Be creative with setting up your profile filters
After using your first filter to change all instances of the selected campaign parameter to the default search term category, you have options for remaining filters. They can be based off the search term medium (e.g. cpc|organic), the default category (e.g. Name = generic terms) or a previous category (e.g. Name = unbranded product terms). Like anything else, the more you use regular expressions, the better you will get with them. But I think it will usually be the case that the OR character | is the best way to group terms within a single category e.g. canvas|sealight|simplicity
For obvious reasons, there are no reports set up specifically for search term categories. The smart thing to do then is to create some Custom Reports to allow you to easily get the information you need. The dimensions might be Medium (drill through on cpc or organic), Campaign (drill through on the search term category) and Keyword. Relevant metrics could be entrances, bounces, conversion rate.
Watch out for…
It appears changing the medium for paid search terms breaks the link to all of the AdWords data. I want to be able compare acronyms like CTR, CPC & ROI across search term categories so will investigate this and will provide more information when I have it.
Request for Google
So I think this is incredibly valuable way of looking at your data and would like it to be standard within Google Analytics. There are two things Google would need to do, add three new variables that are integrated with the right elements of Google Analytics and create some new functionality to make it easy to set up search term categorisations.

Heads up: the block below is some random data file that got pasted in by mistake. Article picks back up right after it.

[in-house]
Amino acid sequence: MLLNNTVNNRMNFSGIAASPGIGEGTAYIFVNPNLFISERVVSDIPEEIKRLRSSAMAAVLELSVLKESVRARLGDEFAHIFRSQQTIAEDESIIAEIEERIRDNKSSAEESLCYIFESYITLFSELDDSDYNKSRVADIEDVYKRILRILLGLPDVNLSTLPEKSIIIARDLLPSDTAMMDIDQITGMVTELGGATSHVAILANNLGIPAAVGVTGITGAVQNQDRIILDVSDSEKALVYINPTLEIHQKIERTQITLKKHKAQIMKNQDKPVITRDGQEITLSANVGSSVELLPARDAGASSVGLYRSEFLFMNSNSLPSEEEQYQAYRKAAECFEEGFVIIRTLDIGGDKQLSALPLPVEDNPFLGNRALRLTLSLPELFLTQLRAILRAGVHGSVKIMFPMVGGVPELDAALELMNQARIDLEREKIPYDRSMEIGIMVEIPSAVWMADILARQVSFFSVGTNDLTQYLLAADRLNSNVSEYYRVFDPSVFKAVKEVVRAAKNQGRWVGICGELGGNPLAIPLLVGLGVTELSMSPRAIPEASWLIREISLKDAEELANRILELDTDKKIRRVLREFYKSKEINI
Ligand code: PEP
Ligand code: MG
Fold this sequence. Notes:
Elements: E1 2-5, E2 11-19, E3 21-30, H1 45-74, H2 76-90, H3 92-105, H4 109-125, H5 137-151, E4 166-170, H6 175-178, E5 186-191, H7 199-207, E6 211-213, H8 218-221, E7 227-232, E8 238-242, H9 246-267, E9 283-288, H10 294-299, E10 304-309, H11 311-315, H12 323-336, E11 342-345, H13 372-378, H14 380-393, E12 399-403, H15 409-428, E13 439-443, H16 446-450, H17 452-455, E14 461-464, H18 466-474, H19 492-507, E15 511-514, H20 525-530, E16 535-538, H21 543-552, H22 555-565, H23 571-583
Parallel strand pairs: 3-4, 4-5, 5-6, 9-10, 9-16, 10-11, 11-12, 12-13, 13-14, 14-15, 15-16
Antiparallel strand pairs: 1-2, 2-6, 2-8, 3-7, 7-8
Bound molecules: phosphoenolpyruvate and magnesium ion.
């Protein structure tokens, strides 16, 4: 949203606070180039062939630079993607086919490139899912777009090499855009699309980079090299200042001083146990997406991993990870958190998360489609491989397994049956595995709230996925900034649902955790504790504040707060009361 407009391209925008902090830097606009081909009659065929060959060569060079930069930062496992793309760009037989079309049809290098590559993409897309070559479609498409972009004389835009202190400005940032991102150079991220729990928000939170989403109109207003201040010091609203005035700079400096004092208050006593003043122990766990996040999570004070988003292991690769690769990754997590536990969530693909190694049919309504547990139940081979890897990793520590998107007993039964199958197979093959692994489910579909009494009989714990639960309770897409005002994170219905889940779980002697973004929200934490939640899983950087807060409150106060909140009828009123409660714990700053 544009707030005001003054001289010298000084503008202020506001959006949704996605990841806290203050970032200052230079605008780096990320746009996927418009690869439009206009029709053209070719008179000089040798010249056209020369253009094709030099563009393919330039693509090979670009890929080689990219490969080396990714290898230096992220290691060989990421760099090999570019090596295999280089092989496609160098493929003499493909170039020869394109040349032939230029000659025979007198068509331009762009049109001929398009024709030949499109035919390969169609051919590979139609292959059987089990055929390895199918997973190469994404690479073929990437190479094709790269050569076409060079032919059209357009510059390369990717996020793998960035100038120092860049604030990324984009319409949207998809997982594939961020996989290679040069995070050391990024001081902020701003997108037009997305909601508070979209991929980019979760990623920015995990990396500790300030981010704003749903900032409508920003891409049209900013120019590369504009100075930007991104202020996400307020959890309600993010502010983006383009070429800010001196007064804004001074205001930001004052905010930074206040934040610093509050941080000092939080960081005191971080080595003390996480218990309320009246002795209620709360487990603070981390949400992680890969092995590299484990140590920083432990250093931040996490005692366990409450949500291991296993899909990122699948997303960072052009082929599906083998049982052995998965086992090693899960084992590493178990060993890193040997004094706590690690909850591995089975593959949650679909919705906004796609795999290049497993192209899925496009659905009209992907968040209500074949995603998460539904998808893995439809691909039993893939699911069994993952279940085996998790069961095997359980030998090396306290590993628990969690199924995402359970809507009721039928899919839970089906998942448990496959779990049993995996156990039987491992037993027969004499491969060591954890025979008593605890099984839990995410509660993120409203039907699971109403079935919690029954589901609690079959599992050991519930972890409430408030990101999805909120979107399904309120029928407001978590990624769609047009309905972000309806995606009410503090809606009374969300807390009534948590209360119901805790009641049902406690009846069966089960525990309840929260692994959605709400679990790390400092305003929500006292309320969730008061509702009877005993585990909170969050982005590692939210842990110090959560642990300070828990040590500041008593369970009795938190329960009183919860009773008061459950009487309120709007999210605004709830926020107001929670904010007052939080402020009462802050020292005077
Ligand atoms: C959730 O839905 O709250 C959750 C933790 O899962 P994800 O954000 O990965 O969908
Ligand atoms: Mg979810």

The three new variables would be linked to all traffic that has the keyword variable populated. They are:
- Search term category
- Search term sub-category ( if requesting things, may as well go the whole way)
- Number of keywords
The variable for the number of keywords would be populated automatically. You would need to select one setting to indicate at what level all remaining numbers of keywords are grouped e.g. 3+, 4+, 5+. This setting would be in the Profile configuration similar to ecommerce site or internal search.
New functionality could easily be created to set-up search term categories built off the same technology as profile filters but a stripped down version. Several options are predetermined as it would only apply to search traffic and the Output Field would always be Search Term Category. A checkbox at the top would handle the default value for this field for all search terms.
I thought I would request a Search Term Sub-Category while I was making these requests. When setting up the categories, you could click through to a level deeper. The first Input Field is thus automatically the Search Term Category that was selected.
This new functionality all seems quite straight forward – in the mind of an analyst who doesn’t have to do the technical work. So how about it Google, would saying please help? I would be happy to sit down with someone and describe exactly how I see this working. And you know that it would benefit you as well, additional insights into search term performance will lead to higher budgets for targeted Paid Search which equals more spend on AdWords…